These results are interesting and suggest that long-term meditation changes the brains activity during both sleep and wakefulness. The regions most affected, the prefrontal and parietal cortical regions, are associated with attentional processes. So, the results suggest that long-term meditation changes the brain to improve its ability to focus attention. They also suggest that long-term meditation increases the synchronization in different brain regions of activity during non-REM sleep. This may signal deeper levels of sleep. Regardless, the results suggest that meditation experience changes the brain’s activity in sleep and wakefulness.

 

So, change the brain’s electrical activity to during sleep and wakefulness with meditation.

 

meditation has lasting effects on the plastic brain, and that gamma activity during non-REM sleep may be a reliable marker for the extent of these changes.” – Plastic Brain

 

CMCS – Center for Mindfulness and Contemplative Studies

 

This and other Contemplative Studies posts are also available on Google+ https://plus.google.com/106784388191201299496/posts and on Twitter @MindfulResearch

 

Study Summary

 

Dentico D, Bachhuber D, Riedner BA, Ferrarelli F, Tononi G, Davidson RJ, Lutz A. Acute effects of meditation training on the waking and sleeping brain: Is it all about homeostasis? Eur J Neurosci. 2018 Sep;48(6):2310-2321. doi: 10.1111/ejn.14131. PMID: 30144201; PMCID: PMC6534352.

 

Abstract

Our recent finding of a meditation-related increase in low-frequency NREM sleep EEG oscillatory activities peaking in the theta-alpha range (4–12 Hz) was not predicted. From a consolidated body of research on sleep homeostasis, we would expect a change peaking in slow wave activity (1–4 Hz) following an intense meditation session. Here we compared these changes in sleep with the post-meditation changes in waking rest scalp power to further characterize their functional significance. High-density EEG recordings were acquired from 27 long-term meditators (LTM) on three separate days at baseline and following two 8-hr sessions of either mindfulness or compassion-and-loving-kindness meditation. Thirty-one meditation-naïve participants (MNP) were recorded at the same time points. As a common effect of meditation practice, we found increases in low and fast waking EEG oscillations for LTM only, peaking at eight and 15 Hz respectively, over prefrontal, and left centro-parietal electrodes. Paralleling our previous findings in sleep, there was no significant difference between meditation styles in LTM as well as no difference between matched sessions in MNP. Meditation-related changes in wakefulness and NREM sleep were correlated across space and frequency. A significant correlation was found in the EEG low frequencies (<12 Hz). Since the peak of coupling was observed in the theta-alpha oscillatory range, sleep homeostatic response to meditation practice is not sufficient to explain our findings. Another likely phenomenon into play is a reverberation of meditation-related processes during subsequent sleep. Future studies should ascertain the interplay between these processes in promoting the beneficial effects of meditation practice.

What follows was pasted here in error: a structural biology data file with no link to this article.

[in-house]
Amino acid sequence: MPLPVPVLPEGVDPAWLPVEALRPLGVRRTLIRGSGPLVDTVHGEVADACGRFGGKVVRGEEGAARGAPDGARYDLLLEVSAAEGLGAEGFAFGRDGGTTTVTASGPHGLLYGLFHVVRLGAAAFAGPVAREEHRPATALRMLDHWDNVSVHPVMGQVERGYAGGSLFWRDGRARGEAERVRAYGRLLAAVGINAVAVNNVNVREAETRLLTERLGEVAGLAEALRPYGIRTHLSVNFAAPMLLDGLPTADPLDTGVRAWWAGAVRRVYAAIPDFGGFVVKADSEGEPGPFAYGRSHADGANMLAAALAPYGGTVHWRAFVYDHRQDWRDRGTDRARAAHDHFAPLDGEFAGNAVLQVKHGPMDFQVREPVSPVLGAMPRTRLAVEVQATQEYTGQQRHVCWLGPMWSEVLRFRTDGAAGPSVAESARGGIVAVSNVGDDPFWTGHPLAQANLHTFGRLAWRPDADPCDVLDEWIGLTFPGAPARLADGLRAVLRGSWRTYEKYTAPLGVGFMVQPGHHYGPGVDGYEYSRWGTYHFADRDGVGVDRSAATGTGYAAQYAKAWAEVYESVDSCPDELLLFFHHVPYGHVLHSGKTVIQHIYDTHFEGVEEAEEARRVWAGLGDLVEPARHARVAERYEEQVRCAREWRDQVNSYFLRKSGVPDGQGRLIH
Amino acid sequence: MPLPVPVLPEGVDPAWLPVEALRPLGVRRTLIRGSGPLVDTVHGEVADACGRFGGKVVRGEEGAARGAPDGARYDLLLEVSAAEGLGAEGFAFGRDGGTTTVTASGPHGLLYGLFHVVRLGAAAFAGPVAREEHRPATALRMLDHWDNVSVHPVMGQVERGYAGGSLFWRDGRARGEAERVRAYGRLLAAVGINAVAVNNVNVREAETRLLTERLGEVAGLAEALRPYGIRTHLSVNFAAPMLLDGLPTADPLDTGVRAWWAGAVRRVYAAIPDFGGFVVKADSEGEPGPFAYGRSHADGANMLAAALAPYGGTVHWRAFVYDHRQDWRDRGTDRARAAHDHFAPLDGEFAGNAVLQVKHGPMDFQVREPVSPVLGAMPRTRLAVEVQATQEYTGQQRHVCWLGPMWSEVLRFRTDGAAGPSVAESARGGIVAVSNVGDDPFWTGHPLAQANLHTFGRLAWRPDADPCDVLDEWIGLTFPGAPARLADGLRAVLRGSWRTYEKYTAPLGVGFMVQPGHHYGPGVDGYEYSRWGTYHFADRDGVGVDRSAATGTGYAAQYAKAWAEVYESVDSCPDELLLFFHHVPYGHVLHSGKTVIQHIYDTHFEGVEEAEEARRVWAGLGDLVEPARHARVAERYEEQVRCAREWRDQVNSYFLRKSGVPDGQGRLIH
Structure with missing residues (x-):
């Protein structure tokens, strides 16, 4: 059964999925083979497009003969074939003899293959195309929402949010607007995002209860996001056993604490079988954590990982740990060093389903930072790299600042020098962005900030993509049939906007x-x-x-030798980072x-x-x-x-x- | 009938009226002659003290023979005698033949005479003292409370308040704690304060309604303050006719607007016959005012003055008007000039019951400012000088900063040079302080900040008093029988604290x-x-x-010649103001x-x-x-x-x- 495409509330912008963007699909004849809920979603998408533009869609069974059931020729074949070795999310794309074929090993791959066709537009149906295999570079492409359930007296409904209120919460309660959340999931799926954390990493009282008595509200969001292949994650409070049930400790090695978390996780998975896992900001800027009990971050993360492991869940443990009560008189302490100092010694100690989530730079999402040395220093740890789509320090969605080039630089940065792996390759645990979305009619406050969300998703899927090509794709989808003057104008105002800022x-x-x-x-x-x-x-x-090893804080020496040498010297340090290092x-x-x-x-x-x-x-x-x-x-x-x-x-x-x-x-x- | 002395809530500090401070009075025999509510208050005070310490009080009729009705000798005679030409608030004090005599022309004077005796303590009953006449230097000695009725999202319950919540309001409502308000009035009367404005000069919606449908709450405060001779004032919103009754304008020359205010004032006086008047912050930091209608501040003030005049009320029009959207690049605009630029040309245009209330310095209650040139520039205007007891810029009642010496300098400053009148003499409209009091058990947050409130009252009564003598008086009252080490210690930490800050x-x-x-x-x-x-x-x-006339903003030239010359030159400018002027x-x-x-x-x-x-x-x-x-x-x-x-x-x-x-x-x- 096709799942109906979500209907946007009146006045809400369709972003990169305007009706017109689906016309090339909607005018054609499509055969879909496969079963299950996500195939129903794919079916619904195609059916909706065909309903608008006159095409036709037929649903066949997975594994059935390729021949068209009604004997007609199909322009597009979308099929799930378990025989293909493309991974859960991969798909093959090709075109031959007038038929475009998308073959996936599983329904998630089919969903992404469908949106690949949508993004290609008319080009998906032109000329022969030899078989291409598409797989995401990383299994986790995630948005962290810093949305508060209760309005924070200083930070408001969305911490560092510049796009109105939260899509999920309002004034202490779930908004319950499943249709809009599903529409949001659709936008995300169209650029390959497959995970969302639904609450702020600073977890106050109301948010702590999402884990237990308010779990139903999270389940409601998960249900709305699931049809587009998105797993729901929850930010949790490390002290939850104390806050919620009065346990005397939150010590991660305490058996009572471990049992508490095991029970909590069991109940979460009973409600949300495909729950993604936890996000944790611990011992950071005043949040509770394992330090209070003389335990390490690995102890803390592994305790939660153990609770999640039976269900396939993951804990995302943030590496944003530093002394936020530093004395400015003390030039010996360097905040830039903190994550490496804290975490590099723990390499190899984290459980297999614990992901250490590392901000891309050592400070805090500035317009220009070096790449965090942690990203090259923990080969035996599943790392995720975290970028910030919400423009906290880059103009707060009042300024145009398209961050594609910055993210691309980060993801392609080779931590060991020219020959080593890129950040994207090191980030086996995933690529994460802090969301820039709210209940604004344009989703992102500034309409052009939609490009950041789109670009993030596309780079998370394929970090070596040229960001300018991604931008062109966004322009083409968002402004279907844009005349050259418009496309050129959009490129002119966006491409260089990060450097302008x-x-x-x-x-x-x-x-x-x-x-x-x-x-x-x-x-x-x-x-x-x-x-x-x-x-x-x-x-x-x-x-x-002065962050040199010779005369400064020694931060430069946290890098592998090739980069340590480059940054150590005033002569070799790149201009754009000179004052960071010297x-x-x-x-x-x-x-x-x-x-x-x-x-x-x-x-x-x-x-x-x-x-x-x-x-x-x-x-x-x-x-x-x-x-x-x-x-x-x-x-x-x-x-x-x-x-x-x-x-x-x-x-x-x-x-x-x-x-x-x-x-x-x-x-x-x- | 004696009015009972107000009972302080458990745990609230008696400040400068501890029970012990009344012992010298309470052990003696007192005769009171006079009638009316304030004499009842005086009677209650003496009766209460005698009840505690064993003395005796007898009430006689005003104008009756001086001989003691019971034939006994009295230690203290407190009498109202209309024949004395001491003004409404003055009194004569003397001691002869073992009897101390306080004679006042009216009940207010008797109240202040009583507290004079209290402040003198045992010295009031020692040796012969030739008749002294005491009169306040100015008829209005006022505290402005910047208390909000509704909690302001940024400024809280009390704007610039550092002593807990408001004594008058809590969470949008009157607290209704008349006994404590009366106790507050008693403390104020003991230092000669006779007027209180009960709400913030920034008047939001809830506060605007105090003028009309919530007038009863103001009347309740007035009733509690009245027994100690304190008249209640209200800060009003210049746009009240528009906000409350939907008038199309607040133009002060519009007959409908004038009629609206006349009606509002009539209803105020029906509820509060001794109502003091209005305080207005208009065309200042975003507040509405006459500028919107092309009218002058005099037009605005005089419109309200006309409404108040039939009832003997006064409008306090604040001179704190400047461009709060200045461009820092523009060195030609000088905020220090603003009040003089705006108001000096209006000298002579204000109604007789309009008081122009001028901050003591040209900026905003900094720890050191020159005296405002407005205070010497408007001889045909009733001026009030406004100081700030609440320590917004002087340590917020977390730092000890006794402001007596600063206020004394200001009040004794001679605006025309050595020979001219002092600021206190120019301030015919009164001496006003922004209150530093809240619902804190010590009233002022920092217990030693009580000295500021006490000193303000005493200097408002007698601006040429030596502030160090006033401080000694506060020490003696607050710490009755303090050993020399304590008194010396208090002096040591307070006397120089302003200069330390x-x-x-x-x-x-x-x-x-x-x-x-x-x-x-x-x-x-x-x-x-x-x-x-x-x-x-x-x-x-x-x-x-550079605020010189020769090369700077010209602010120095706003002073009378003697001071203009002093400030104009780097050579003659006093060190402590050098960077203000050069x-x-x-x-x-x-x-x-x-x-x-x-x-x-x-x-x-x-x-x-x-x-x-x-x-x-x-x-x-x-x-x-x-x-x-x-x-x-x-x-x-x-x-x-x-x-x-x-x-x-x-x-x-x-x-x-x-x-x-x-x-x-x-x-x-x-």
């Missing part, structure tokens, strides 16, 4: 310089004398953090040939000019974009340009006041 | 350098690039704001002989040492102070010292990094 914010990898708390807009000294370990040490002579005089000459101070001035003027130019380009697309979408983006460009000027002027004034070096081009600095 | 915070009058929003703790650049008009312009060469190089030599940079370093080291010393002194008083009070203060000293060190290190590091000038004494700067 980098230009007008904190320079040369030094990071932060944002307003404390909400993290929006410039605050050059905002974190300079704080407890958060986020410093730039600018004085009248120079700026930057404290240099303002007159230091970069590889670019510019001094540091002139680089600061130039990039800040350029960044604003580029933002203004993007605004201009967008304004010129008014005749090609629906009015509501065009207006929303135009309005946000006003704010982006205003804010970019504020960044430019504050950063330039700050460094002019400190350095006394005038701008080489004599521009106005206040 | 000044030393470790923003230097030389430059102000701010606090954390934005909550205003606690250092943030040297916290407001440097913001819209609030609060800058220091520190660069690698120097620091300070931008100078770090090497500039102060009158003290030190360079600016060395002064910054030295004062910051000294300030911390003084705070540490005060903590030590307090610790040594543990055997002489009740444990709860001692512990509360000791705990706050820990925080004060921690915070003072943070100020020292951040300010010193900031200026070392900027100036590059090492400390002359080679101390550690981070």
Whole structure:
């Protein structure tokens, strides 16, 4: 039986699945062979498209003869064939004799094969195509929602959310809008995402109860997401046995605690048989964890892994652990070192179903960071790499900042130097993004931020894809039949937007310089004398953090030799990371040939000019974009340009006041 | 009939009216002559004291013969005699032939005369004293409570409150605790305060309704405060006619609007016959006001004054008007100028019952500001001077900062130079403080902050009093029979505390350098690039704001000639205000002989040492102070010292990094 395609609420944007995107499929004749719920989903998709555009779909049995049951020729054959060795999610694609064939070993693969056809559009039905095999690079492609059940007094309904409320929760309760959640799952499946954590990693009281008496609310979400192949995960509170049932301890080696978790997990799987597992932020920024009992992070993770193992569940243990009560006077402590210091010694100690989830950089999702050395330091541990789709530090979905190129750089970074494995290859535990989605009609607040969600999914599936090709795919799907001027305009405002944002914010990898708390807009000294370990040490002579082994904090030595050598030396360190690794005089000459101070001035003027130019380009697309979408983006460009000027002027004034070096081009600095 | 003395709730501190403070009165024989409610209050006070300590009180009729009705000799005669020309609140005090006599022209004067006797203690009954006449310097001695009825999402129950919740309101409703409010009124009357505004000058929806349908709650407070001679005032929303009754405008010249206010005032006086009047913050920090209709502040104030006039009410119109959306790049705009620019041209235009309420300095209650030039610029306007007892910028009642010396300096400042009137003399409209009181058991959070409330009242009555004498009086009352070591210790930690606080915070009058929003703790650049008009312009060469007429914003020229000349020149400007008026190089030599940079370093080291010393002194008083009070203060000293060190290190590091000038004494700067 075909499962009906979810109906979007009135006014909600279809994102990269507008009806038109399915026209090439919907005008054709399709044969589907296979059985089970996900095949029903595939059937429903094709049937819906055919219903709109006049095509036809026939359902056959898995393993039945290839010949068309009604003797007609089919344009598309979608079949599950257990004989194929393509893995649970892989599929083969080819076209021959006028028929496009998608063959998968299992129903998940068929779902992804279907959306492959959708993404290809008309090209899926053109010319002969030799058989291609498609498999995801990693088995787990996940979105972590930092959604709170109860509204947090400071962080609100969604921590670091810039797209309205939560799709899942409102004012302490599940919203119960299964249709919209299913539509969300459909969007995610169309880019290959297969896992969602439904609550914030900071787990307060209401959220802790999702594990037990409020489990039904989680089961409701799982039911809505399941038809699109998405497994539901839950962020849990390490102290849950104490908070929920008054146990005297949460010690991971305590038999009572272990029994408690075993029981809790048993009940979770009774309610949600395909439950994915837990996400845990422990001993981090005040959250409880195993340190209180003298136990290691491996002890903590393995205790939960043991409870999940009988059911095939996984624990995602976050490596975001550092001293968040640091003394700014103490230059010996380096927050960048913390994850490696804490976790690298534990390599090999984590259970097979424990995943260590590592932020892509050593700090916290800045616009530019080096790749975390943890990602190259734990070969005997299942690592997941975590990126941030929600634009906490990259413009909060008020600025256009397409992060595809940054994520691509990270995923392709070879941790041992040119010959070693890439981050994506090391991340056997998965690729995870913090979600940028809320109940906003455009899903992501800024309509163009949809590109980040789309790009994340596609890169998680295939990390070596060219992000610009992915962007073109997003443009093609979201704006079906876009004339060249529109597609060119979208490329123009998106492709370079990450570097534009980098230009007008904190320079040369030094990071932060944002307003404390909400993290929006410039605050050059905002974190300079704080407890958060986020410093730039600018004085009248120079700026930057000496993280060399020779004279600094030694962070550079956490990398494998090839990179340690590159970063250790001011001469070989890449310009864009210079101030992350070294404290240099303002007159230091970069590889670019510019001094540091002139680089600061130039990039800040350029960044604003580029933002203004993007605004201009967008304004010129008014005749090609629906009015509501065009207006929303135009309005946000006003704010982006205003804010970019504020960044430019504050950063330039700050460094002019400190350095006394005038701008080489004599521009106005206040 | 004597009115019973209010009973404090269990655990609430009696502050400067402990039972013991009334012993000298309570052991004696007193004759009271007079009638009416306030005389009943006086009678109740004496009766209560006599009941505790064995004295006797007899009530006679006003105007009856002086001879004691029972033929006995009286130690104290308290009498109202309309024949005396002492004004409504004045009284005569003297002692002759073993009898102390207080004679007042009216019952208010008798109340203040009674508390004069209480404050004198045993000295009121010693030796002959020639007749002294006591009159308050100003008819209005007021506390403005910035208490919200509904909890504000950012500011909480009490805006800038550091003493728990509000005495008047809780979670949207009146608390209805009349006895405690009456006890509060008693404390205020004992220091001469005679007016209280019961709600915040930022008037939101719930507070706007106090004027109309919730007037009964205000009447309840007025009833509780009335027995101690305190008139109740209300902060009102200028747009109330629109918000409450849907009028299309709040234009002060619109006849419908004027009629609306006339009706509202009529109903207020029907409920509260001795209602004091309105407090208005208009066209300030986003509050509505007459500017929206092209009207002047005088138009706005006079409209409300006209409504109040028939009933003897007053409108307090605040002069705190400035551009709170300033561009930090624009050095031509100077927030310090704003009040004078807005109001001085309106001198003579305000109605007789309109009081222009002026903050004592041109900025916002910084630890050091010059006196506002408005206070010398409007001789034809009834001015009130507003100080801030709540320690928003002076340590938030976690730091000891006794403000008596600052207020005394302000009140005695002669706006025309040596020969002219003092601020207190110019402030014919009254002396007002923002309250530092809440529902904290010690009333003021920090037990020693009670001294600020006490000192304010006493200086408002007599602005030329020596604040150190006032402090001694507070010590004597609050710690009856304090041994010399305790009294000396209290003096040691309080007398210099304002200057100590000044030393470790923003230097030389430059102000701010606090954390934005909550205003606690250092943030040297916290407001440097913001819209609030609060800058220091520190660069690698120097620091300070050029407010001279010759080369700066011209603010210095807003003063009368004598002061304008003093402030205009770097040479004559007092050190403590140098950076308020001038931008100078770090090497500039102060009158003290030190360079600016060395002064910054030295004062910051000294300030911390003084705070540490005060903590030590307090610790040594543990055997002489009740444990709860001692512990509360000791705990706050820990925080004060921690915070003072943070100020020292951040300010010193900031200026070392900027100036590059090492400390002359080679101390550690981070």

https://www.ncbi.nlm.nih.gov/pmc/articles/PMC6534352/

 

Less Complex Brain Activity Characterizes Meditation by Experienced Meditators.

Less Complex Brain Activity Characterizes Meditation by Experienced Meditators.

 

By John M. de Castro, Ph.D.

 

Using modern technology like fMRI scans, scientists have developed a more thorough understanding of what’s taking place in our brains when we meditate. The overall difference is that our brains stop processing information as actively as they normally would.” – Belle Beth Cooper

 

There has accumulated a large amount of research demonstrating that meditation practice has significant benefits for psychological, physical, and spiritual wellbeing. One way that meditation practices may produce these benefits is by altering the brain. The nervous system is a dynamic entity, constantly changing and adapting to the environment. It will change size, activity, and connectivity in response to experience. These changes in the brain are called neuroplasticity. Over the last decade neuroscience has been studying the effects of contemplative practices on the brain and has identified neuroplastic changes in widespread areas. In other words, meditation practice appears to mold and change the brain, producing psychological, physical, and spiritual benefits.

 

It is important to understand what are the exact changes in the brain that are produced by meditation. In today’s Research News article “Characterizing the Dynamical Complexity Underlying Meditation.” (See summary below or view the full text of the study at: https://www.ncbi.nlm.nih.gov/pmc/articles/PMC6637306/), Escrichs and colleagues recruited experienced adult meditators with at least 1000 hours of meditation experience and an ongoing practice and a matched group of non-meditators. They underwent functional Magnetic Resonance Imaging (fMRI) at rest and again when performing breath focused meditation. The scans were then analyzed with Intrinsic Ignition Framework that measures the degree of elicited whole-brain integration of spontaneously occurring events across time, in other words the complexity of information processing going on in the nervous system.